Bob Maheu was best-known as the man “next to Hughes,” but you could have filled a football stadium with the influential people he charmed during his incredible lifetime.
He had contacts throughout every strata of American life, which made him the ideal alter ego for the enigmatic Howard Hughes. From FBI headquarters to the count room of mobbed-up casinos, Maheu found himself next to the celebrated and the infamous. His life was riddled with so much shadowy drama it should have come equipped with a fedora, trench coat and fog-shrouded street.
Maheu, who died Monday at Desert Springs Hospital at age 90 following a lengthy illness, filled his days with political intrigue and business opportunity. Although he never met with Hughes while employed by him, Maheu was his full-time confidant and cleanup man after the billionaire arrived in Las Vegas by train on Thanksgiving 1966. Prior to that, Maheu kept busy doing contract work for the CIA and cleanup work for Hughes during the billionaire’s years as a skirt-chasing movie mogul.
Within days, the Hughes legend took root in our desert sand thanks to the efforts of Maheu and his friend, Las Vegas Sun Publisher Hank Greenspun. Hughes holed up on the top floor of the Desert Inn and, to hear the tale-spinners tell it, only started buying casinos because he was being evicted from the house Moe Dalitz built.
It was a story as over-inflated as Dolly Parton’s silhouette, but the press bought it. Most of the media understand that, thanks to Maheu, negotiations were under way to buy up the mob-influenced casinos that had blipped on federal law enforcement’s radar screen. Hughes, whether willingly or as a drug-addled dupe, was fast becoming the pass-through player in a deal that changed Las Vegas forever.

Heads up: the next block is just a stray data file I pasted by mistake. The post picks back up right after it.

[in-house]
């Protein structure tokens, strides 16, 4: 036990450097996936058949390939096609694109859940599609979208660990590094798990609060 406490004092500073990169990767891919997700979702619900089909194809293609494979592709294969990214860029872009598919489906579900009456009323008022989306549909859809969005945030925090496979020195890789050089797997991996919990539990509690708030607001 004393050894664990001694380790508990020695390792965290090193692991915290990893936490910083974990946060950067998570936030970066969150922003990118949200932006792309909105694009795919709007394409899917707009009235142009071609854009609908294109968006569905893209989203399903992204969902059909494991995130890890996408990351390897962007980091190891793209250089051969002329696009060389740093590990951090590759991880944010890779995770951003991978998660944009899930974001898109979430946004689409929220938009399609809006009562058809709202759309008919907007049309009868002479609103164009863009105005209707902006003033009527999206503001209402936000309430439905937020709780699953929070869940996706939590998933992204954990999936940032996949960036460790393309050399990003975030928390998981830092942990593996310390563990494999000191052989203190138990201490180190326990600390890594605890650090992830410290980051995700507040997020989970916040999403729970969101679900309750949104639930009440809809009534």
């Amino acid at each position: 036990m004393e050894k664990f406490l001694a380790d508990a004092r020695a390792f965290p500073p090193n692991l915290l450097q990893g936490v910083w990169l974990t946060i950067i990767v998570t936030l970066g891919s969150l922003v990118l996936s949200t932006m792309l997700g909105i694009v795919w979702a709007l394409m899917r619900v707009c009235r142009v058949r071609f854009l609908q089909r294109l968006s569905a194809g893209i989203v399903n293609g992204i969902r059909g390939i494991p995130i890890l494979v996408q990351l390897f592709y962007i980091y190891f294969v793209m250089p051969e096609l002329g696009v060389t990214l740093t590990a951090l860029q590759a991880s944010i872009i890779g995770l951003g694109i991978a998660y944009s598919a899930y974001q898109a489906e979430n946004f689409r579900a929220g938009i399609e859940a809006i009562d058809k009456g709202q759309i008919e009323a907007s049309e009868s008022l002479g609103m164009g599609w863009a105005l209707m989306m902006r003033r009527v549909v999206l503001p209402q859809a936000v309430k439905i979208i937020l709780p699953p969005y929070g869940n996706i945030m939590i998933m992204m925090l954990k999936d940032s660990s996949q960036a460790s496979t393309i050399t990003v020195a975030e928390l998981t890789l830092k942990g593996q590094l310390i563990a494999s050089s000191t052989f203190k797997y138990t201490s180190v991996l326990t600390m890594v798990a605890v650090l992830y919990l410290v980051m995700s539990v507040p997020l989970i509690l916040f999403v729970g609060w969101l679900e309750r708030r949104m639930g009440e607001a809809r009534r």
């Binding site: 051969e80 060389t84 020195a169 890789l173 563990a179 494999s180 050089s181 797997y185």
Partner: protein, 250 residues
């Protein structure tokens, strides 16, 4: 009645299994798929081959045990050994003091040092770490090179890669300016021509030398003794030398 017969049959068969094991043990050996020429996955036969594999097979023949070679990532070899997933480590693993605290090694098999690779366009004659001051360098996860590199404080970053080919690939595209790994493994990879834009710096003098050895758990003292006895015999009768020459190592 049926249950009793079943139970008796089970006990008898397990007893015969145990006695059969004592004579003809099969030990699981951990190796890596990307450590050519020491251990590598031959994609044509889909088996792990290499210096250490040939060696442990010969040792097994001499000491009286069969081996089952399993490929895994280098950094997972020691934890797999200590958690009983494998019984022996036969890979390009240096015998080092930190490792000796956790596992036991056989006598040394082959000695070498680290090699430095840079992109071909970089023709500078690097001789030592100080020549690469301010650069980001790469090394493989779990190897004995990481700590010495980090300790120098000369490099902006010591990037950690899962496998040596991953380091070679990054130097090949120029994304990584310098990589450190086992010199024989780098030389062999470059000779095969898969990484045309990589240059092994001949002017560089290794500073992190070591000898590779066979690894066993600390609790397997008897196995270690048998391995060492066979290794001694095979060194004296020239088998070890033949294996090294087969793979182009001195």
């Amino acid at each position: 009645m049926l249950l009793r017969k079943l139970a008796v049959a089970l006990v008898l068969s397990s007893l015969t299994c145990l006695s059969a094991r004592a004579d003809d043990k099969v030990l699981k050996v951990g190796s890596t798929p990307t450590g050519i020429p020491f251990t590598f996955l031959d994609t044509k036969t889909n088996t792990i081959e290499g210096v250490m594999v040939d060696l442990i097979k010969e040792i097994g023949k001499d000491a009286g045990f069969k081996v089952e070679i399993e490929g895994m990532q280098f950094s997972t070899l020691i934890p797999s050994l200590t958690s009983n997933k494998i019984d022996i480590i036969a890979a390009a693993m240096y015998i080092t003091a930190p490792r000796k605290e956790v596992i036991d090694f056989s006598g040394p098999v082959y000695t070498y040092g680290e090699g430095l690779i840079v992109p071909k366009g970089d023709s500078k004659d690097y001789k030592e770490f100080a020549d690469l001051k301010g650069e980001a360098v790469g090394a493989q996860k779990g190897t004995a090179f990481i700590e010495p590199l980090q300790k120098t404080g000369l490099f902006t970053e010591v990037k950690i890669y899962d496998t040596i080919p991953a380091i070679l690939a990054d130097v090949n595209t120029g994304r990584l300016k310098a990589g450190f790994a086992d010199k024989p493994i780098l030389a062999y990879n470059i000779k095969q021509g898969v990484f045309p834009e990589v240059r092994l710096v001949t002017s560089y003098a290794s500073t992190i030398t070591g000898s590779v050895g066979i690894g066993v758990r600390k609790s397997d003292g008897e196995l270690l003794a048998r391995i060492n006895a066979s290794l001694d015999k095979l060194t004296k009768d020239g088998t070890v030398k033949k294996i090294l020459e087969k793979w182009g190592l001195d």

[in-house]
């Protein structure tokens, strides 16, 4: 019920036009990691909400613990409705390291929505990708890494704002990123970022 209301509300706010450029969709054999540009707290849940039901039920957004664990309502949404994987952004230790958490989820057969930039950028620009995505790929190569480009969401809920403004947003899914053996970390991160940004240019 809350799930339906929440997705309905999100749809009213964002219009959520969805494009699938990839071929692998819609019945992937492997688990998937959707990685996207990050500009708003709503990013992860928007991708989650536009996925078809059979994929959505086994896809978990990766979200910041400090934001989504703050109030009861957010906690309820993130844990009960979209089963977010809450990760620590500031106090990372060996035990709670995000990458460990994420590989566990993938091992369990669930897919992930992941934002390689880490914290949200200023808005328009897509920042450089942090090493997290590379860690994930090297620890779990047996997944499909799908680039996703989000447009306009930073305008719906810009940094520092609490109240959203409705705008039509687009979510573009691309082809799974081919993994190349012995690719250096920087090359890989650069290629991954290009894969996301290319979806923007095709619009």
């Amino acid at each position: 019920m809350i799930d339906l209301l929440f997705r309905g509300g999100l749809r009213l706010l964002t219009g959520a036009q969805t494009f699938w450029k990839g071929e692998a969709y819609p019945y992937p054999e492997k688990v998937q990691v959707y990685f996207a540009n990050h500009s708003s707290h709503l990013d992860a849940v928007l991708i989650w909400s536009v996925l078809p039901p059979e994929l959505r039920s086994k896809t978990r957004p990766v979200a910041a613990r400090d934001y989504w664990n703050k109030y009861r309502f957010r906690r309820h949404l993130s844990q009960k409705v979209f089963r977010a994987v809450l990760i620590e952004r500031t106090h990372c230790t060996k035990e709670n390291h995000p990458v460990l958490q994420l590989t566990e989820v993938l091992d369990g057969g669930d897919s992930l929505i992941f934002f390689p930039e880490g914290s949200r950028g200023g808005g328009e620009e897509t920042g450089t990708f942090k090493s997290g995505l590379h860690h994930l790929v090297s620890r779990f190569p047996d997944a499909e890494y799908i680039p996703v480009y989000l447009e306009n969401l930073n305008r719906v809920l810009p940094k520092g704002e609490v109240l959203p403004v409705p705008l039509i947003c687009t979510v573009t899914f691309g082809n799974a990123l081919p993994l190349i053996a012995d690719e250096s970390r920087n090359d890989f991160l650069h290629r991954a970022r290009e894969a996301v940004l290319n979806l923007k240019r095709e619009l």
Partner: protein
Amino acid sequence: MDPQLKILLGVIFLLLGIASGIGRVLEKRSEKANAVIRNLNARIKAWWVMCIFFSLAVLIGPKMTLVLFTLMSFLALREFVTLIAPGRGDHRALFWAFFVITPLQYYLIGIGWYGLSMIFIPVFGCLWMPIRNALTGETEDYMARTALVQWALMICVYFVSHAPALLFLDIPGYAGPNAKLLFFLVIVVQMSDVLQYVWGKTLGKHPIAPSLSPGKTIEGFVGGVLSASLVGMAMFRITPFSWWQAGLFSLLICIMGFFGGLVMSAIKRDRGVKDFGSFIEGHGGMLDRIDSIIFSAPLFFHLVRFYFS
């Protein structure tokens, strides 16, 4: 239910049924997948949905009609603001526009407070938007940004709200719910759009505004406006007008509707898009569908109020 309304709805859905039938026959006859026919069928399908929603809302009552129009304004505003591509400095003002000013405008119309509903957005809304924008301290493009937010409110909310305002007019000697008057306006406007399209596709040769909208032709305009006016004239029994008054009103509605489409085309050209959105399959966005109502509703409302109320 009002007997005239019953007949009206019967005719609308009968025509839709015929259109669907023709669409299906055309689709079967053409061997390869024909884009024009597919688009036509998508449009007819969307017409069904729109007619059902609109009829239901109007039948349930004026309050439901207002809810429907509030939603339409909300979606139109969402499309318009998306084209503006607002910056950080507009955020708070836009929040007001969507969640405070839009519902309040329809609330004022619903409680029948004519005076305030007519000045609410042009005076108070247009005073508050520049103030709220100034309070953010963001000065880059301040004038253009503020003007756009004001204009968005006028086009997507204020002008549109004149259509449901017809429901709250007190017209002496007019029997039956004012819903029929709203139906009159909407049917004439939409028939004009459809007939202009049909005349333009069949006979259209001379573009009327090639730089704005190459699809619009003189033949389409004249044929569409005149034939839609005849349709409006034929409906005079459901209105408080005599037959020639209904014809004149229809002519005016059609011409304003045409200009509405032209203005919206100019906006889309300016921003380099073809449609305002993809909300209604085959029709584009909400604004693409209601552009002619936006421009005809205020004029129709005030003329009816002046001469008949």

“Howard Hughes did not make Las Vegas,” Maheu told me over coffee at his expansive home. “We got it ready. When I say we got it ready, that’s what we did. We got it ready for the next phase. He was absolutely incapable of making a decision to sell. If Hughes had lived, there would be no Mirage where it is, and no Treasure Island. I refer to Hughes as a buyer, not a builder.”
Getting it ready was no mean feat. It took legitimate contacts in illegitimate society. Maheu was the ideal man for the job. He knew well the Chicago mob’s Las Vegas man Johnny Rosselli and maintained contacts with his former employers in the FBI and CIA.
Maheu loved telling of Hughes’ reaction to the plan: “Bob, how many more of these toys are available?” he asked following the Desert Inn purchase.
There was the Frontier, Sands, Landmark, Castaways and Silver Slipper in Las Vegas alone. Hughes also picked up the Riverside in Reno. And there were thousands of acres of desert real estate to secure, a portion of which would eventually blossom into Summerlin.
More than three decades after Hughes’ death, Maheu still grew fighting mad when he was reminded that the Justice Department denied Hughes’ attempt to purchase the Stardust because of monopoly concerns. Instead, Las Vegas received the Teamsters Central States Pension Fund, Alan Glick’s Argent Corp., Chicago Outfit soldier Anthony Spilotro, fixer Frank Rosenthal, and a generation of bad press.
“If we had been able to do it, you wouldn’t have had the Glick episode, Spilotro, Rosenthal and the ‘Casino’ movie,” Maheu said, leading with the law enforcement side of his complex credentials.
There was another side, of course. Maheu’s role in the unsuccessful plot to kill Fidel Castro is well-known. His ties to the boys from Chicago have been widely chronicled.
One rainy afternoon at the Swiss Café, I listened as Maheu and former Tropicana owner Mitzi Stauffer Briggs traded stories. The delightful Briggs had survived a fleecing at the Tropicana, and Maheu admired her tenacity and religious devotion.
In the middle of lunch, Maheu made eye contact across the room with Vince Spilotro, son of the late Tony. Maheu rose and warmly greeted the scion of infamy. He explained to me later that he was a good kid who would spend his life living down his father’s reputation. Bob, of course, knew his father and his father’s friends.
That was Maheu: a man who danced through life in shadow and light and occasionally told the tale.
John L. Smith’s column appears Sunday, Tuesday, Wednesday and Friday. E-mail him at Smith@reviewjournal.com or call (702) 383-0295.